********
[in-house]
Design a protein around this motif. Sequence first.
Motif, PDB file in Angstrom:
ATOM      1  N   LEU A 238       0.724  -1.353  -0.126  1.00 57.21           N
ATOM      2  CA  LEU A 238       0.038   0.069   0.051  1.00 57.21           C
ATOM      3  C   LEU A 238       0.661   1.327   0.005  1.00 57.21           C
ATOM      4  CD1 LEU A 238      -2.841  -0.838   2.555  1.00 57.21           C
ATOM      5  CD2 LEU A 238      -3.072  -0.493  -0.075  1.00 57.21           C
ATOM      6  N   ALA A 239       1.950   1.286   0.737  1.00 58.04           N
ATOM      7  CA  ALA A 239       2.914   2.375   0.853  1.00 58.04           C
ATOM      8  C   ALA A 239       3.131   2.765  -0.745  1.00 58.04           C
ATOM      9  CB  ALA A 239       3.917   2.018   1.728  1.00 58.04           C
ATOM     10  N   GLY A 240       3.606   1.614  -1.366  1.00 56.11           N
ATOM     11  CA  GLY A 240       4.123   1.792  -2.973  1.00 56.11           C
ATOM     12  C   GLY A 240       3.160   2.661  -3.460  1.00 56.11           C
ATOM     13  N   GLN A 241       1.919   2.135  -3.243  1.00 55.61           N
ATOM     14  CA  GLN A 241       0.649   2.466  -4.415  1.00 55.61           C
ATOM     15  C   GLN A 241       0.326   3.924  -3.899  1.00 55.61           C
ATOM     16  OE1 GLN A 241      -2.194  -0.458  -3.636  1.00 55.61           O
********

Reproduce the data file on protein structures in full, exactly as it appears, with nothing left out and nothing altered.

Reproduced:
[in-house]
Design a protein around this motif. Sequence first.
Motif, PDB file in Angstrom:
ATOM      1  N   LEU A 238       0.724  -1.353  -0.126  1.00 57.21           N
ATOM      2  CA  LEU A 238       0.038   0.069   0.051  1.00 57.21           C
ATOM      3  C   LEU A 238       0.661   1.327   0.005  1.00 57.21           C
ATOM      4  CD1 LEU A 238      -2.841  -0.838   2.555  1.00 57.21           C
ATOM      5  CD2 LEU A 238      -3.072  -0.493  -0.075  1.00 57.21           C
ATOM      6  N   ALA A 239       1.950   1.286   0.737  1.00 58.04           N
ATOM      7  CA  ALA A 239       2.914   2.375   0.853  1.00 58.04           C
ATOM      8  C   ALA A 239       3.131   2.765  -0.745  1.00 58.04           C
ATOM      9  CB  ALA A 239       3.917   2.018   1.728  1.00 58.04           C
ATOM     10  N   GLY A 240       3.606   1.614  -1.366  1.00 56.11           N
ATOM     11  CA  GLY A 240       4.123   1.792  -2.973  1.00 56.11           C
ATOM     12  C   GLY A 240       3.160   2.661  -3.460  1.00 56.11           C
ATOM     13  N   GLN A 241       1.919   2.135  -3.243  1.00 55.61           N
ATOM     14  CA  GLN A 241       0.649   2.466  -4.415  1.00 55.61           C
ATOM     15  C   GLN A 241       0.326   3.924  -3.899  1.00 55.61           C
ATOM     16  OE1 GLN A 241      -2.194  -0.458  -3.636  1.00 55.61           O